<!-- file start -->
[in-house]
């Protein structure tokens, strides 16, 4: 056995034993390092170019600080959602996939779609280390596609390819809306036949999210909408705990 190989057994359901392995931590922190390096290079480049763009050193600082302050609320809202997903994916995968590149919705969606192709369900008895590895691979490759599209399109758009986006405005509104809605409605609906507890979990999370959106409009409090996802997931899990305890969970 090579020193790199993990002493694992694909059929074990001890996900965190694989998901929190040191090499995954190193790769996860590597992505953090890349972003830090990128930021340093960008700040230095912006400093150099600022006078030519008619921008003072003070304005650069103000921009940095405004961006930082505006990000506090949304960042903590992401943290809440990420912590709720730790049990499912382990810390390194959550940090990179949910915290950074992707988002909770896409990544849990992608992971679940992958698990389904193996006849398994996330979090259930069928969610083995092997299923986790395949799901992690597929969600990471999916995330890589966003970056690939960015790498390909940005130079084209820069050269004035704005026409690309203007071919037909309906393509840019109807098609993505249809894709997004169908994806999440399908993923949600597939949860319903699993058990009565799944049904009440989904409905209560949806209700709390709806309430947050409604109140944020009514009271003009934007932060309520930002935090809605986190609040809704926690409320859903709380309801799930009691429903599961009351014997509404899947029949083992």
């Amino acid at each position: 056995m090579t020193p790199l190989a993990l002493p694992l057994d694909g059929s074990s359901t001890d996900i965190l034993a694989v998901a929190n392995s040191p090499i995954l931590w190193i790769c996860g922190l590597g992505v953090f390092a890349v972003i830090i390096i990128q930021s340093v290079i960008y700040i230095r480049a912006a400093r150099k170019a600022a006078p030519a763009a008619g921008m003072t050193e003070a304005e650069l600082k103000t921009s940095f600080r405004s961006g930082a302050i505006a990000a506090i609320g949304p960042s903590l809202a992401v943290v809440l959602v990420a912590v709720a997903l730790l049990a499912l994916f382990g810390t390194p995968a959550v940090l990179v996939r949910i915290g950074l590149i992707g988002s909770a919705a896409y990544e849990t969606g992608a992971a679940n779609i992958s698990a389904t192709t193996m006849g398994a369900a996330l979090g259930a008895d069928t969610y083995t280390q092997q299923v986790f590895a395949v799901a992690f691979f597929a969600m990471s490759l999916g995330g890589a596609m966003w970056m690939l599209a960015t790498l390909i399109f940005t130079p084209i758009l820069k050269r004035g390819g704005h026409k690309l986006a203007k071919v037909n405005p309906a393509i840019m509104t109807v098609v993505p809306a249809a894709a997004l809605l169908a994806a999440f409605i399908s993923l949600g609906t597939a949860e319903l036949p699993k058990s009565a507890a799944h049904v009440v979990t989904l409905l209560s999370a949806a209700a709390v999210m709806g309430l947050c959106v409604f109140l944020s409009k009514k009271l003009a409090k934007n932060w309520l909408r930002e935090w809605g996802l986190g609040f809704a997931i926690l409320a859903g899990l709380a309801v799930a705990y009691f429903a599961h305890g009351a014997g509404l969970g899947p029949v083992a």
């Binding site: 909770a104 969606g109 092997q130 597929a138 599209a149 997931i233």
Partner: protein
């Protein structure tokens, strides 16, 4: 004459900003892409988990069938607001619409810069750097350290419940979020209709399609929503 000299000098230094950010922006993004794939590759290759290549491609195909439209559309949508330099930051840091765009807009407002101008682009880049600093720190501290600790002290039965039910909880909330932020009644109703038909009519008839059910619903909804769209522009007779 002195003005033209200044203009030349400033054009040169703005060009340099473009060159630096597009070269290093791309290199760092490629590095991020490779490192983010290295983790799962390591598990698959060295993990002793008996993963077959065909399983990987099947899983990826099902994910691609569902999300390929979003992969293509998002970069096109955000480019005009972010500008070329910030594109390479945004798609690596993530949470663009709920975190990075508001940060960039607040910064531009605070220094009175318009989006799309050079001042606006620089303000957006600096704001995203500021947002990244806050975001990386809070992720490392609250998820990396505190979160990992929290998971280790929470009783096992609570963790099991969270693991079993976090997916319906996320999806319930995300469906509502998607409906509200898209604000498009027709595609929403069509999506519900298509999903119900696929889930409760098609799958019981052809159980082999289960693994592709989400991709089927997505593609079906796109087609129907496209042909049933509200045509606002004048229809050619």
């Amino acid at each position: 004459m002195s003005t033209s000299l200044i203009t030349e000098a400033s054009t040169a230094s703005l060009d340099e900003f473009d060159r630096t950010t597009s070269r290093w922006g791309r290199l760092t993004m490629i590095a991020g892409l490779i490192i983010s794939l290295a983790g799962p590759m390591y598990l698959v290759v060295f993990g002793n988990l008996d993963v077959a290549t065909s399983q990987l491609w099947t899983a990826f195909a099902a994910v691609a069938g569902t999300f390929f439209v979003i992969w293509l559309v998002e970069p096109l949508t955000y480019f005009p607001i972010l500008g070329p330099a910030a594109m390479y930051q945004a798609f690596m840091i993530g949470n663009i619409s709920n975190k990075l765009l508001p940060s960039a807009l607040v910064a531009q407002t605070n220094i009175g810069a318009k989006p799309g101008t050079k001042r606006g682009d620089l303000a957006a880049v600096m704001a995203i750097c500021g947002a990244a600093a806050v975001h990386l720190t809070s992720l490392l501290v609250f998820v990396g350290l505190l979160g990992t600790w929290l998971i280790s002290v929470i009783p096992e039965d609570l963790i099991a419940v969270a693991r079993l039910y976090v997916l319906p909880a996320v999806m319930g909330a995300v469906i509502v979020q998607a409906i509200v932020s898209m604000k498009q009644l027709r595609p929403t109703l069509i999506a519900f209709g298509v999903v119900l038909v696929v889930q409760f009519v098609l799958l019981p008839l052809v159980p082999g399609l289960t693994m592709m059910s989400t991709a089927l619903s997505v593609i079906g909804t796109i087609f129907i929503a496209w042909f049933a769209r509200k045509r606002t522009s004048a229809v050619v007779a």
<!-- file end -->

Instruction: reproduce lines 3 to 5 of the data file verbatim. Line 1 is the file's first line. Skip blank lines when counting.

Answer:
């Amino acid at each position: 056995m090579t020193p790199l190989a993990l002493p694992l057994d694909g059929s074990s359901t001890d996900i965190l034993a694989v998901a929190n392995s040191p090499i995954l931590w190193i790769c996860g922190l590597g992505v953090f390092a890349v972003i830090i390096i990128q930021s340093v290079i960008y700040i230095r480049a912006a400093r150099k170019a600022a006078p030519a763009a008619g921008m003072t050193e003070a304005e650069l600082k103000t921009s940095f600080r405004s961006g930082a302050i505006a990000a506090i609320g949304p960042s903590l809202a992401v943290v809440l959602v990420a912590v709720a997903l730790l049990a499912l994916f382990g810390t390194p995968a959550v940090l990179v996939r949910i915290g950074l590149i992707g988002s909770a919705a896409y990544e849990t969606g992608a992971a679940n779609i992958s698990a389904t192709t193996m006849g398994a369900a996330l979090g259930a008895d069928t969610y083995t280390q092997q299923v986790f590895a395949v799901a992690f691979f597929a969600m990471s490759l999916g995330g890589a596609m966003w970056m690939l599209a960015t790498l390909i399109f940005t130079p084209i758009l820069k050269r004035g390819g704005h026409k690309l986006a203007k071919v037909n405005p309906a393509i840019m509104t109807v098609v993505p809306a249809a894709a997004l809605l169908a994806a999440f409605i399908s993923l949600g609906t597939a949860e319903l036949p699993k058990s009565a507890a799944h049904v009440v979990t989904l409905l209560s999370a949806a209700a709390v999210m709806g309430l947050c959106v409604f109140l944020s409009k009514k009271l003009a409090k934007n932060w309520l909408r930002e935090w809605g996802l986190g609040f809704a997931i926690l409320a859903g899990l709380a309801v799930a705990y009691f429903a599961h305890g009351a014997g509404l969970g899947p029949v083992a």
């Binding site: 909770a104 969606g109 092997q130 597929a138 599209a149 997931i233």
Partner: protein